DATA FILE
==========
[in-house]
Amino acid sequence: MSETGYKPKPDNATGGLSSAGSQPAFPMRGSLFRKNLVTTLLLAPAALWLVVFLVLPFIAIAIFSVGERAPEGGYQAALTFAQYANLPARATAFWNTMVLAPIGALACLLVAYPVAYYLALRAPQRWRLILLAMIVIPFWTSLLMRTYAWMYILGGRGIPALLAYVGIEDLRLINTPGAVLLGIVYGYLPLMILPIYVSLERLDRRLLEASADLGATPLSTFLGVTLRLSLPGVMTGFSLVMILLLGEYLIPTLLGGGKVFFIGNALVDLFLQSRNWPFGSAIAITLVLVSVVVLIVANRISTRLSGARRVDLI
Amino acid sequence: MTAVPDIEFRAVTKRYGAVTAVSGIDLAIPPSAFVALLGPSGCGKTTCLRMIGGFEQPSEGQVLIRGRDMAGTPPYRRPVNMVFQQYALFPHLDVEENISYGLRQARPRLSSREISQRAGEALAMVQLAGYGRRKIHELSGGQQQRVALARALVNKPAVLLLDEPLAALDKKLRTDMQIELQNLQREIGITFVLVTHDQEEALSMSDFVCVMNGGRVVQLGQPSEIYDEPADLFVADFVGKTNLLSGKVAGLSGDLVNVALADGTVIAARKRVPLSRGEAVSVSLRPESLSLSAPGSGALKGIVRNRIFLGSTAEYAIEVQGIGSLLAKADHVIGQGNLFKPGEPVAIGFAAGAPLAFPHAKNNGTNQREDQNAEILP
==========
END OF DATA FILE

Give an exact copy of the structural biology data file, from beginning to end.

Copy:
[in-house]
Amino acid sequence: MSETGYKPKPDNATGGLSSAGSQPAFPMRGSLFRKNLVTTLLLAPAALWLVVFLVLPFIAIAIFSVGERAPEGGYQAALTFAQYANLPARATAFWNTMVLAPIGALACLLVAYPVAYYLALRAPQRWRLILLAMIVIPFWTSLLMRTYAWMYILGGRGIPALLAYVGIEDLRLINTPGAVLLGIVYGYLPLMILPIYVSLERLDRRLLEASADLGATPLSTFLGVTLRLSLPGVMTGFSLVMILLLGEYLIPTLLGGGKVFFIGNALVDLFLQSRNWPFGSAIAITLVLVSVVVLIVANRISTRLSGARRVDLI
Amino acid sequence: MTAVPDIEFRAVTKRYGAVTAVSGIDLAIPPSAFVALLGPSGCGKTTCLRMIGGFEQPSEGQVLIRGRDMAGTPPYRRPVNMVFQQYALFPHLDVEENISYGLRQARPRLSSREISQRAGEALAMVQLAGYGRRKIHELSGGQQQRVALARALVNKPAVLLLDEPLAALDKKLRTDMQIELQNLQREIGITFVLVTHDQEEALSMSDFVCVMNGGRVVQLGQPSEIYDEPADLFVADFVGKTNLLSGKVAGLSGDLVNVALADGTVIAARKRVPLSRGEAVSVSLRPESLSLSAPGSGALKGIVRNRIFLGSTAEYAIEVQGIGSLLAKADHVIGQGNLFKPGEPVAIGFAAGAPLAFPHAKNNGTNQREDQNAEILP